There was only a hint of civilization from the 9,000ft-high, snow-dappled, pine-covered ridge: a tiny sliver of Highway 88, more than six miles away. And the only sounds came from a helicopter, hugging the ridge, searching for my hiking party and me.
It is not fair to say we were lost. We knew where we were going. The
trail, covered by snow, was lost. But semantics did not change the fact we were
spending an unplanned night tending a makeshift fire and sharing a spoon over
meals we borrowed from another, more prepared, hiker. As a former Eagle Scout
with hundreds of miles of Rocky Mountain hikes under my belt, my mantra should
have been “be prepared.” Watching the sun go down in shorts was not what I
pictured when I started my day hike.
To most people, Lake Tahoe, on the border of California and Nevada, is a skiers’
paradise, complete with casinos and boating in warmer months. But the same
dramatic Sierra Nevada mountain range that collects some of the world's
greatest powder, dries out in the summer, giving day hikers and backpackers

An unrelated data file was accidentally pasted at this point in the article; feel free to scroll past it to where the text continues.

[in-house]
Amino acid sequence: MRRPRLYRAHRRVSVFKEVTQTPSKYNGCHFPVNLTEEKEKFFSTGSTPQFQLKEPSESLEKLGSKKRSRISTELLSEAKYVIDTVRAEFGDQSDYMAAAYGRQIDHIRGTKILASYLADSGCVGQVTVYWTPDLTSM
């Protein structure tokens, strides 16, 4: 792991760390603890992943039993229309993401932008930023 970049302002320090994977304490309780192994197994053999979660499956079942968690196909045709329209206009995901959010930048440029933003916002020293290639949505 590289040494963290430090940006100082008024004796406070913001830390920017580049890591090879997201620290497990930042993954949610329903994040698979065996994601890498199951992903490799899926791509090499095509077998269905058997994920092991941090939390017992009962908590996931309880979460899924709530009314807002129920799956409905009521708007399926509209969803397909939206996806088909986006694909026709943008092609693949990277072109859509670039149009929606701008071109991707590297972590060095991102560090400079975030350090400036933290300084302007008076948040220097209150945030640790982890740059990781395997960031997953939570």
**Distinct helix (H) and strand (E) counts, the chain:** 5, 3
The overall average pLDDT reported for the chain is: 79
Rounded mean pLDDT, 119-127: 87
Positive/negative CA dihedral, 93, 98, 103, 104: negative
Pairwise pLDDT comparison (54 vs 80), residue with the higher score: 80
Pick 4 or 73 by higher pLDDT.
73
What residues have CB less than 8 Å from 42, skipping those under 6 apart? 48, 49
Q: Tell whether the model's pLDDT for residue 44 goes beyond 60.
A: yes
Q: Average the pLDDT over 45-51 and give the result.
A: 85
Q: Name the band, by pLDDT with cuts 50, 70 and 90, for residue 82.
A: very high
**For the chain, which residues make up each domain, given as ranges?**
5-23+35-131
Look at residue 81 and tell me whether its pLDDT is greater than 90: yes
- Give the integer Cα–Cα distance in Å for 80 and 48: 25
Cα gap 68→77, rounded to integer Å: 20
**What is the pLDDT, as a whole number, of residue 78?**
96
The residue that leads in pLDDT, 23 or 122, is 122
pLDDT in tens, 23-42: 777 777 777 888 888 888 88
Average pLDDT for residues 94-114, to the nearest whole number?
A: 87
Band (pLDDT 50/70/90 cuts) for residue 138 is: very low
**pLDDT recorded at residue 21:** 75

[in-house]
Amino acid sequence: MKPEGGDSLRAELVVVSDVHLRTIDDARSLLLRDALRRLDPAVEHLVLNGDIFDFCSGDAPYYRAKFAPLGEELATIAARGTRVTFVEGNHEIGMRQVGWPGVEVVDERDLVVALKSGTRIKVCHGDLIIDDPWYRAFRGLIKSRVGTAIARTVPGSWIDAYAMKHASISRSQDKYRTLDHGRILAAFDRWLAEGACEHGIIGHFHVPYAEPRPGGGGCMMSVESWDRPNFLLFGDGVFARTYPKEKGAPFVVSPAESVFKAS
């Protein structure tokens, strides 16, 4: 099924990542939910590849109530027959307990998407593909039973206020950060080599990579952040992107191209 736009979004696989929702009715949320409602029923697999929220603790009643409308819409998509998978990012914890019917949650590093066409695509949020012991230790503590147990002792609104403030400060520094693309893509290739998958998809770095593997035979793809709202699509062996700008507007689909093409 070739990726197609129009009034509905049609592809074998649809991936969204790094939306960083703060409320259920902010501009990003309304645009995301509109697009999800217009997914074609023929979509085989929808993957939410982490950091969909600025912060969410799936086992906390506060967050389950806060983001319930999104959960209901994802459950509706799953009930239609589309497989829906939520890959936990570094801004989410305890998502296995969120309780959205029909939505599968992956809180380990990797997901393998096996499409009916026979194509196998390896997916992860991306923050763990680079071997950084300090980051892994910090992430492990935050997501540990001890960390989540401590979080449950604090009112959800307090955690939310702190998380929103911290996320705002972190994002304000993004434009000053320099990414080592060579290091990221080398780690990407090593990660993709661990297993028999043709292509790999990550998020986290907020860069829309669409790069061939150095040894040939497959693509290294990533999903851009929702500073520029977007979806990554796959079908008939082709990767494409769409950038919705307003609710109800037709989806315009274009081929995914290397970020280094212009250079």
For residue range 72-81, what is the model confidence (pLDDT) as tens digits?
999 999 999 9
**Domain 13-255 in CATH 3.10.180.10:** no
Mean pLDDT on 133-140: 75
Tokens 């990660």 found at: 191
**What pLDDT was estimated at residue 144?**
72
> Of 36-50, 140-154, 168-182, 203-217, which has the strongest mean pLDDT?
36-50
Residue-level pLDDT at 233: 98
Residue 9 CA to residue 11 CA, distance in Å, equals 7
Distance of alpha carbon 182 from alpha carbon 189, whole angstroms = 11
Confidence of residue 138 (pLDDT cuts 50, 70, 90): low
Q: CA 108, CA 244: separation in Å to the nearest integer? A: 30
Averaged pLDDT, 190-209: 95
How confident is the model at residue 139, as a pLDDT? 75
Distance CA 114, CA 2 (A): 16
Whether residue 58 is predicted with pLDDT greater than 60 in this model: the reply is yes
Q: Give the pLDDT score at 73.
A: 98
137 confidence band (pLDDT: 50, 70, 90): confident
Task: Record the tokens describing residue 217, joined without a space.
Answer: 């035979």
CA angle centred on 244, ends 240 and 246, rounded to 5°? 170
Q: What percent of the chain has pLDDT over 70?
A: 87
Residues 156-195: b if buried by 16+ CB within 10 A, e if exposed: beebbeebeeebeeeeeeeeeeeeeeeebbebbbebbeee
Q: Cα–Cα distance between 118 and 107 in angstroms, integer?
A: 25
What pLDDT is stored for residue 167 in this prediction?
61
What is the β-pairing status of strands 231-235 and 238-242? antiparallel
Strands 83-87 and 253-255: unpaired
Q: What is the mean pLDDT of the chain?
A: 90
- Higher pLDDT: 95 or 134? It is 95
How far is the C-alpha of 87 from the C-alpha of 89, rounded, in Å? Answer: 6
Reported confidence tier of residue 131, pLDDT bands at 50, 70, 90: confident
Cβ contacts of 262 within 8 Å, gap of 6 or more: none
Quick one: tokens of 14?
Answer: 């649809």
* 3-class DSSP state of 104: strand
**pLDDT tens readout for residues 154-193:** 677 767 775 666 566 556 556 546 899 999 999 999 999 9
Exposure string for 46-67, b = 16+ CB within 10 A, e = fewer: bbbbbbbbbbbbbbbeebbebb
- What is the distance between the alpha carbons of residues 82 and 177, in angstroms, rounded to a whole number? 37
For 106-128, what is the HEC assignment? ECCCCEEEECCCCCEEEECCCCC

access to an unspoiled outdoor experience only miles from the comforts of town.
There are hundreds of miles of authorized trails in the Tahoe Basin, and if you
factor in unofficial trails, the number of possible routes becomes nearly endless.
Dreamt up by a US Forest Service
employee in 1978, the Tahoe Rim trail is a relative new entry on the hiker's
to-do list. Although pieces of the trail have been available for years, the full,
165-mile Tahoe Rim circuit was not completed until 2001.
Circling the entire lake, the volunteer-maintained trail offers stunning vistas
and climbs ranging from gruelling to causal that lead to high mountain meadows.
Because the trail is on ridges, the views from any section are spectacular. The
Pacific Crest Trail, which runs 2,663 miles from Mexico to Canada, shares half
of the lake with the Rim Trail and brings an influx of "through
hikers" (the ultra-serious lean visitors who routinely make 20 plus miles
a day). More than 100,000 people use the Rim Trail each year, said Teresa